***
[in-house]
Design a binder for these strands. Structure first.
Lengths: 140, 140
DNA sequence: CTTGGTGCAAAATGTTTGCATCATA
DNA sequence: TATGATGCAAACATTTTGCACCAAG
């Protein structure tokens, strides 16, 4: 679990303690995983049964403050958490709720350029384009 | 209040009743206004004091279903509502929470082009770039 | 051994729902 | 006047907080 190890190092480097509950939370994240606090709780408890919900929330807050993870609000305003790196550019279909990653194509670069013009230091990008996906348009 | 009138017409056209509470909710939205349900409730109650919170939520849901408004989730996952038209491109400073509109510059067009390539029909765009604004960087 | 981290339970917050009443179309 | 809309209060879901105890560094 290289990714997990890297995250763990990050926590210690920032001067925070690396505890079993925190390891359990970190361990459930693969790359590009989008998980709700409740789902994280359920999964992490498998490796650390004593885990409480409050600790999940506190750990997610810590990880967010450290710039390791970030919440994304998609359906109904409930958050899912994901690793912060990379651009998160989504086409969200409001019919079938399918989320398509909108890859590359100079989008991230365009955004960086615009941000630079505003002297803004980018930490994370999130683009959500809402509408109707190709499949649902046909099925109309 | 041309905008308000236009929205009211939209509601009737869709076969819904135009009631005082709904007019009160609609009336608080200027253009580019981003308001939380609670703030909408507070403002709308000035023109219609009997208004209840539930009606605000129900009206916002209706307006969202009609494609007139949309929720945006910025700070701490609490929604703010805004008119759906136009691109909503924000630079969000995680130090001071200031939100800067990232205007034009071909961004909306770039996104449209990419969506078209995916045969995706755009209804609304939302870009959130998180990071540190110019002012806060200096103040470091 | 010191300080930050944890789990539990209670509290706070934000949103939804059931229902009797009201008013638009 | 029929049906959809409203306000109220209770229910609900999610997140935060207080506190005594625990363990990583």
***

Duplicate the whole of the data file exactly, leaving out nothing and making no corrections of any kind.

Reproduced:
[in-house]
Design a binder for these strands. Structure first.
Lengths: 140, 140
DNA sequence: CTTGGTGCAAAATGTTTGCATCATA
DNA sequence: TATGATGCAAACATTTTGCACCAAG
């Protein structure tokens, strides 16, 4: 679990303690995983049964403050958490709720350029384009 | 209040009743206004004091279903509502929470082009770039 | 051994729902 | 006047907080 190890190092480097509950939370994240606090709780408890919900929330807050993870609000305003790196550019279909990653194509670069013009230091990008996906348009 | 009138017409056209509470909710939205349900409730109650919170939520849901408004989730996952038209491109400073509109510059067009390539029909765009604004960087 | 981290339970917050009443179309 | 809309209060879901105890560094 290289990714997990890297995250763990990050926590210690920032001067925070690396505890079993925190390891359990970190361990459930693969790359590009989008998980709700409740789902994280359920999964992490498998490796650390004593885990409480409050600790999940506190750990997610810590990880967010450290710039390791970030919440994304998609359906109904409930958050899912994901690793912060990379651009998160989504086409969200409001019919079938399918989320398509909108890859590359100079989008991230365009955004960086615009941000630079505003002297803004980018930490994370999130683009959500809402509408109707190709499949649902046909099925109309 | 041309905008308000236009929205009211939209509601009737869709076969819904135009009631005082709904007019009160609609009336608080200027253009580019981003308001939380609670703030909408507070403002709308000035023109219609009997208004209840539930009606605000129900009206916002209706307006969202009609494609007139949309929720945006910025700070701490609490929604703010805004008119759906136009691109909503924000630079969000995680130090001071200031939100800067990232205007034009071909961004909306770039996104449209990419969506078209995916045969995706755009209804609304939302870009959130998180990071540190110019002012806060200096103040470091 | 010191300080930050944890789990539990209670509290706070934000949103939804059931229902009797009201008013638009 | 029929049906959809409203306000109220209770229910609900999610997140935060207080506190005594625990363990990583």